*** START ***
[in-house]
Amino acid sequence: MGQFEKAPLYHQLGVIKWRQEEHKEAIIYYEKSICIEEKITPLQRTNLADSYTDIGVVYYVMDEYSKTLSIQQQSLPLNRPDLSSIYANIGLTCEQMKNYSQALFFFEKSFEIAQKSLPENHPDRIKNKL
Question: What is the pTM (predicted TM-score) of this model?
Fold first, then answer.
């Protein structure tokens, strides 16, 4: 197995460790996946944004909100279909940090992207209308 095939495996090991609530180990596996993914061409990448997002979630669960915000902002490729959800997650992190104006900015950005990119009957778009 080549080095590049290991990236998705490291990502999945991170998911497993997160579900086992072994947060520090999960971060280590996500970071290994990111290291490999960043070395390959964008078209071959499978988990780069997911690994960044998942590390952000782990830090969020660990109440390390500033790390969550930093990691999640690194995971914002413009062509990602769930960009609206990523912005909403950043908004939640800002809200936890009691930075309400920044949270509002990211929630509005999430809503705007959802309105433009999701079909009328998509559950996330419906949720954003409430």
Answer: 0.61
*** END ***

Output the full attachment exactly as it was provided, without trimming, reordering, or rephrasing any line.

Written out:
[in-house]
Amino acid sequence: MGQFEKAPLYHQLGVIKWRQEEHKEAIIYYEKSICIEEKITPLQRTNLADSYTDIGVVYYVMDEYSKTLSIQQQSLPLNRPDLSSIYANIGLTCEQMKNYSQALFFFEKSFEIAQKSLPENHPDRIKNKL
Question: What is the pTM (predicted TM-score) of this model?
Fold first, then answer.
């Protein structure tokens, strides 16, 4: 197995460790996946944004909100279909940090992207209308 095939495996090991609530180990596996993914061409990448997002979630669960915000902002490729959800997650992190104006900015950005990119009957778009 080549080095590049290991990236998705490291990502999945991170998911497993997160579900086992072994947060520090999960971060280590996500970071290994990111290291490999960043070395390959964008078209071959499978988990780069997911690994960044998942590390952000782990830090969020660990109440390390500033790390969550930093990691999640690194995971914002413009062509990602769930960009609206990523912005909403950043908004939640800002809200936890009691930075309400920044949270509002990211929630509005999430809503705007959802309105433009999701079909009328998509559950996330419906949720954003409430």
Answer: 0.61